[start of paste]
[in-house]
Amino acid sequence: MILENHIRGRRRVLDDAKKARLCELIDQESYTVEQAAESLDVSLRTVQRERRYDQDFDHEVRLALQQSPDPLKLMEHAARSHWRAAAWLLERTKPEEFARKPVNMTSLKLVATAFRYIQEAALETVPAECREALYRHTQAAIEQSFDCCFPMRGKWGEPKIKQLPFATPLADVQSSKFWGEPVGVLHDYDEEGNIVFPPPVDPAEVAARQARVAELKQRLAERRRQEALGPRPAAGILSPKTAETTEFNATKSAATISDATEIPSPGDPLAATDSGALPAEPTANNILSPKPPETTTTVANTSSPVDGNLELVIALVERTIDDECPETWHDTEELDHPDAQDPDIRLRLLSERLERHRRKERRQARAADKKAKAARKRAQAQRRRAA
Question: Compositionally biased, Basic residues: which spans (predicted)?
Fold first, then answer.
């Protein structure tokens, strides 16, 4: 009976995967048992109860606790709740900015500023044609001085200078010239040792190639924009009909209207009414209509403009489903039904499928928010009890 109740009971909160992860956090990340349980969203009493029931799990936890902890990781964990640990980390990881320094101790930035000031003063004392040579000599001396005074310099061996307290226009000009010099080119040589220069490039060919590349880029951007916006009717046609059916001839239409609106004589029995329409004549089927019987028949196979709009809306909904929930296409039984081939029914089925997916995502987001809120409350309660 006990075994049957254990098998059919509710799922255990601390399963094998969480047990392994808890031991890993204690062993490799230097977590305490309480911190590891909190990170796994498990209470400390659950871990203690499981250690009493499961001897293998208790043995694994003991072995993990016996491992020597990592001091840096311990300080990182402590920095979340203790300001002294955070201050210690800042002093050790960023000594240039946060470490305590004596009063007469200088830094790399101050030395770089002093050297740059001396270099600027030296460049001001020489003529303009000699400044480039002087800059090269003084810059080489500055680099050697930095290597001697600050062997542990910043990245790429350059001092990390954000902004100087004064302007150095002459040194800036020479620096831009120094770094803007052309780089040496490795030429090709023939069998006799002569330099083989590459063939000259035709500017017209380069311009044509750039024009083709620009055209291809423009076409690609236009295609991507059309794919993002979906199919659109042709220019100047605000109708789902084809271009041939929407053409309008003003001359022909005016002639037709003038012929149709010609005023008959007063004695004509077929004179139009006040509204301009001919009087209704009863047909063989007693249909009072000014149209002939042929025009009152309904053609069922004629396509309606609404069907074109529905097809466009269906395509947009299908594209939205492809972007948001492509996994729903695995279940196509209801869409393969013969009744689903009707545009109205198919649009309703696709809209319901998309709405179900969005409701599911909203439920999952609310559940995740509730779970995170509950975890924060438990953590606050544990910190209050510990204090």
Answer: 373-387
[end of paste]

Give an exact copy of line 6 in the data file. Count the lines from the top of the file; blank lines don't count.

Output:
Answer: 373-387